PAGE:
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FHS Science Club takes top honors at Science Olympiad


Farragut High School’s Science Club took no time to rest after its second- and third-place wins in the Tennessee Energy Bowl.

Club members took to the road once more to compete in the Regional Science Olympiad at Tennessee Wesleyan College, Saturday, March 1. This time taking first-place.

FHS chemistry teacher and Science Club co-sponsor Amanda Wehner said, “There was no cash prize for this competition but we got a trophy and we get to move on to the state competition held [Saturday,] April 5, at [The University of Tennessee].

Olympiad teams field 15 players with only seven seniors allowed per team. FHS team members are: Kyle Peterson, Dennis Meng, Aidan Boone, Tyler Whittle, Justin Menestrina, Hari Ganesan, Michael Hsueh, Abraham Wang, Michael McCormick, Maryli Cheng, Jani Radhakrishnan, Grace Kihm, Vivek Patel, Ruoke Yang and Evan Lohrey. Coaches are Wehner and FHS science teacher Kristin Baksa.

Wehner said, “Most of our team members were the students who competed in the Science Bowl, we just some additional people.

“We all sat sown together at the beginning of the semester and because you can only have seven seniors, that is what we built from. We decided which seniors we wanted to have on the team and then we filled in the rest where we thought we were weak with juniors. Like we didn’t feel like we had anyone really strong in health science, so we found a junior who was really good in health science and so on,” she added.

The Olympiad is a very hands-on competition.

Wehner said, “The way it works is they have all these different activities. There are fifteen different activities and each activity can have a certain number of people participating, so at any time you may four different activities that your team is doing.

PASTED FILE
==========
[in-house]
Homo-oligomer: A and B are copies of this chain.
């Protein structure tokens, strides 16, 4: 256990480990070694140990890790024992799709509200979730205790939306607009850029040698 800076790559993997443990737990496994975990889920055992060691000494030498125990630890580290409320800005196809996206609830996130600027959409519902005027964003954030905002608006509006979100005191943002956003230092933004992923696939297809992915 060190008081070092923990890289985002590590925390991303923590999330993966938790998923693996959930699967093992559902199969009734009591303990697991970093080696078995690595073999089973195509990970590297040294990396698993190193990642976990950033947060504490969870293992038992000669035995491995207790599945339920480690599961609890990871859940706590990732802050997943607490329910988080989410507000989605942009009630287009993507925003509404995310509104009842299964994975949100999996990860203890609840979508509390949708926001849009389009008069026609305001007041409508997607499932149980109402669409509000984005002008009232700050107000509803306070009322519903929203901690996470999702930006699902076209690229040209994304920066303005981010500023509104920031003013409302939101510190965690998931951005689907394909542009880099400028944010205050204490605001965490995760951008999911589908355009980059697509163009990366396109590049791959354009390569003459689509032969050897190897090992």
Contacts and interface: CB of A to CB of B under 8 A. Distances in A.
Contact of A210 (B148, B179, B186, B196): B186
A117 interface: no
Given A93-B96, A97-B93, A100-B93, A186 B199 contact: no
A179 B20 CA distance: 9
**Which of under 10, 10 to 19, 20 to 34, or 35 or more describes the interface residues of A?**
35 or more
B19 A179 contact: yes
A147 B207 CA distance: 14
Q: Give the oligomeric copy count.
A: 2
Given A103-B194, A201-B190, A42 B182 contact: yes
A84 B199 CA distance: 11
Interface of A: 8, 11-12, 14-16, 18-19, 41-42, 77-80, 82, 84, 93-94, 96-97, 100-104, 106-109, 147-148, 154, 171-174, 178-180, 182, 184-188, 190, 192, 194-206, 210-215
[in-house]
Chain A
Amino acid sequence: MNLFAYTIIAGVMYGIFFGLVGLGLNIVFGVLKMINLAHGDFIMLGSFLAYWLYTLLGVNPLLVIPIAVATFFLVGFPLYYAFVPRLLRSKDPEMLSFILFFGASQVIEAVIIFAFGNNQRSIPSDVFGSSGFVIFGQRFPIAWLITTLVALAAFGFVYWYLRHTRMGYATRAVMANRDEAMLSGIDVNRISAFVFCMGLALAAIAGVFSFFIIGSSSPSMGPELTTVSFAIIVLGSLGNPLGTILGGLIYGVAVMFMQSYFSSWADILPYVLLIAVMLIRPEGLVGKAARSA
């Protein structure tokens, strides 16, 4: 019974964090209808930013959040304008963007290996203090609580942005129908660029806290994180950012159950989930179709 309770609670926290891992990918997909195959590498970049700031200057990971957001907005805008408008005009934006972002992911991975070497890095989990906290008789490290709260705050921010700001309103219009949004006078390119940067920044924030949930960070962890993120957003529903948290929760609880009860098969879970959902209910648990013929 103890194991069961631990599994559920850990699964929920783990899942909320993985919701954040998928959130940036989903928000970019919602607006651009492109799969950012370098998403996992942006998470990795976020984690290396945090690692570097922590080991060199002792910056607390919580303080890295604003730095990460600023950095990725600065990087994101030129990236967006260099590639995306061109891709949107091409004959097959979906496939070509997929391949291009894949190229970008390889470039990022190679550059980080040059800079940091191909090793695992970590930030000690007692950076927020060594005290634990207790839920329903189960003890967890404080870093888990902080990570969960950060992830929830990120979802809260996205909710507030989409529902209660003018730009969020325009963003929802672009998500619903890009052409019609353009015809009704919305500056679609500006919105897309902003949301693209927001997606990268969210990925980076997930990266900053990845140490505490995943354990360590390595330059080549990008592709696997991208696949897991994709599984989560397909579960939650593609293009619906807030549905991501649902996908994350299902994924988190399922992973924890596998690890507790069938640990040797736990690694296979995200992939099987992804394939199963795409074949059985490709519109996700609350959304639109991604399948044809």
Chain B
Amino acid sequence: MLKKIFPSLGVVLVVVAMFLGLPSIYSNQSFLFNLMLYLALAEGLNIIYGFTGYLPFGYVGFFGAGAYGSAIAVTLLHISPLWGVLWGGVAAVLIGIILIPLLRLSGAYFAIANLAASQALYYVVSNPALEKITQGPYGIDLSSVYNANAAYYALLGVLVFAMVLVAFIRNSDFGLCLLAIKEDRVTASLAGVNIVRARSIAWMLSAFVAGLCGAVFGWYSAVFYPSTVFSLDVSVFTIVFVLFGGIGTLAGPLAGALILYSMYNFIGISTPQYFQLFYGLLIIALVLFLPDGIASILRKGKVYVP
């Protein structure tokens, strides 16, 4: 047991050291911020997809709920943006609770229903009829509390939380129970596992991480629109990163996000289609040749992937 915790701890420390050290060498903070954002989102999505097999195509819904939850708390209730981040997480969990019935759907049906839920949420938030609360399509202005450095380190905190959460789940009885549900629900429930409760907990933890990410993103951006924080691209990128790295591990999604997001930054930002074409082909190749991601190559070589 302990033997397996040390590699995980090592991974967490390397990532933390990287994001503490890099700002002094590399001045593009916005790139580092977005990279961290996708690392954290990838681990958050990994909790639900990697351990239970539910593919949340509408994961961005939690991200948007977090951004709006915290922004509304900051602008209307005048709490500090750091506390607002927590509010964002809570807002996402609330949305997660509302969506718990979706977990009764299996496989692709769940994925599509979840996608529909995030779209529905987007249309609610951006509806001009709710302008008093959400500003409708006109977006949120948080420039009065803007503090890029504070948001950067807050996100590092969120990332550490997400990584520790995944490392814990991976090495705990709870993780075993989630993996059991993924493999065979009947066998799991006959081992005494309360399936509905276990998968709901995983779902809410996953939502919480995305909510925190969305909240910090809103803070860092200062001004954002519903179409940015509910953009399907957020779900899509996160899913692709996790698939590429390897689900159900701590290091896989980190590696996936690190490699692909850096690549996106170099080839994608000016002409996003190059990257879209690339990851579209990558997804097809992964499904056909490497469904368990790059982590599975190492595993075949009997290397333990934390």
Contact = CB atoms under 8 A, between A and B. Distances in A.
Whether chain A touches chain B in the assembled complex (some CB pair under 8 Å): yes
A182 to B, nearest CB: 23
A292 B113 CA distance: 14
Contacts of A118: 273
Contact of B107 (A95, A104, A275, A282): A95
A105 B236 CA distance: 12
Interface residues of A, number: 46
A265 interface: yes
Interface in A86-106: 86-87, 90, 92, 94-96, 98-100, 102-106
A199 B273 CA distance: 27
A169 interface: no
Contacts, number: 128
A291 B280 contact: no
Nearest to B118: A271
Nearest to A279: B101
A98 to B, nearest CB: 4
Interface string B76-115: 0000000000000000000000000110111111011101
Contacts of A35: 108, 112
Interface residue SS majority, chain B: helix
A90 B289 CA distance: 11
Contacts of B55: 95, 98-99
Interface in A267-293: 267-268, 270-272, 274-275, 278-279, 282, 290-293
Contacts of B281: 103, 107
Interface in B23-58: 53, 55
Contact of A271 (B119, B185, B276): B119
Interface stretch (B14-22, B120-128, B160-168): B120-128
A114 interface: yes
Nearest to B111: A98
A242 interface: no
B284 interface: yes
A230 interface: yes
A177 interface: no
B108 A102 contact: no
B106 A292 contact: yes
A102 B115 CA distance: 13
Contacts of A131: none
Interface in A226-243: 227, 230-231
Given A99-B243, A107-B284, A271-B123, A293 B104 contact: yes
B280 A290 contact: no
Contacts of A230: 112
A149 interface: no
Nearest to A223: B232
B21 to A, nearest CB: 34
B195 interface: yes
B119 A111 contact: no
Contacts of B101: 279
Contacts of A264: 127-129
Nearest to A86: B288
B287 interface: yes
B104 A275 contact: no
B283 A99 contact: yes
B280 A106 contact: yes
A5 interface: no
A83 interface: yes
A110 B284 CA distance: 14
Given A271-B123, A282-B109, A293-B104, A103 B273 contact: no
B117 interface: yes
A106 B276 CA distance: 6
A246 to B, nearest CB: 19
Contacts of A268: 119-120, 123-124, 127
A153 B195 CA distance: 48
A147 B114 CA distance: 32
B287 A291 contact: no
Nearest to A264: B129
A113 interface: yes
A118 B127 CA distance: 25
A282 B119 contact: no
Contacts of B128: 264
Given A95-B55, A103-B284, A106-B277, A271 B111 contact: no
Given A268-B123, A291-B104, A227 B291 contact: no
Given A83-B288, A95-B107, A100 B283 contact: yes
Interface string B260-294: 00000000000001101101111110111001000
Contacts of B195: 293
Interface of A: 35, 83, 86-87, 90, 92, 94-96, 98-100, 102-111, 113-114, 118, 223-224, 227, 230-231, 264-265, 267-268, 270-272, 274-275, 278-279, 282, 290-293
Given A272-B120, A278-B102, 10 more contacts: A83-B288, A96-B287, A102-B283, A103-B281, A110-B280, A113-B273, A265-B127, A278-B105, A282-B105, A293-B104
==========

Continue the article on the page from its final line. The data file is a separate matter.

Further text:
You might have a pair of people doing astronomy while a pair of people is doing a chemistry lab and a pair of people doing experimental design.

“You get points based on how well each pair of kids does on that activity, so if there are six teams competing, each team is going to send a pair of kids to that activity and then you get a first-, second- and third place based on how you do for each activity.

“You get one point for first place, two points for second place and three points for third- place and so on. What you want is to have the lowest number of points at the end. So if you get all first places, you would only have 15 points at the end,” she added.

Some activities require students to bring previously assembled projects to the competition.

“They have an electric car competition, so you build the electric car and it is supposed to go a certain distance and stop, so you get points based on the distance your car stops.

Then there is one called the ‘Right’ competition, named for the Wright brothers. Students build a plane and bring it with them and the winner is who ever can fly the longest distance,” Wehner said.

It is not mandatory that teams participate in all 15 events, but non-participation is factored into the scoring.

Educators Dr. Gerald Putz and John Cairns founded Science Olympiad in 1983 as a way to being excitement to science education.

The first two events were held in Michigan and Delaware and were so successful the competition is now held in all 50 states.

The main objective of Science Olympiad is to bring to academic competition the same respect and excitement garnered by athletic competition.

The UT College of Arts and Sciences Office of Academic Outreach sponsors the state competition with support from the UT/ORNL Science Alliance, UT College of Engineering, UT College of Veterinary Medicine, UT College of Agricultural Sciences and Natural Resources and UT College of Education, Health and Human Sciences.

 

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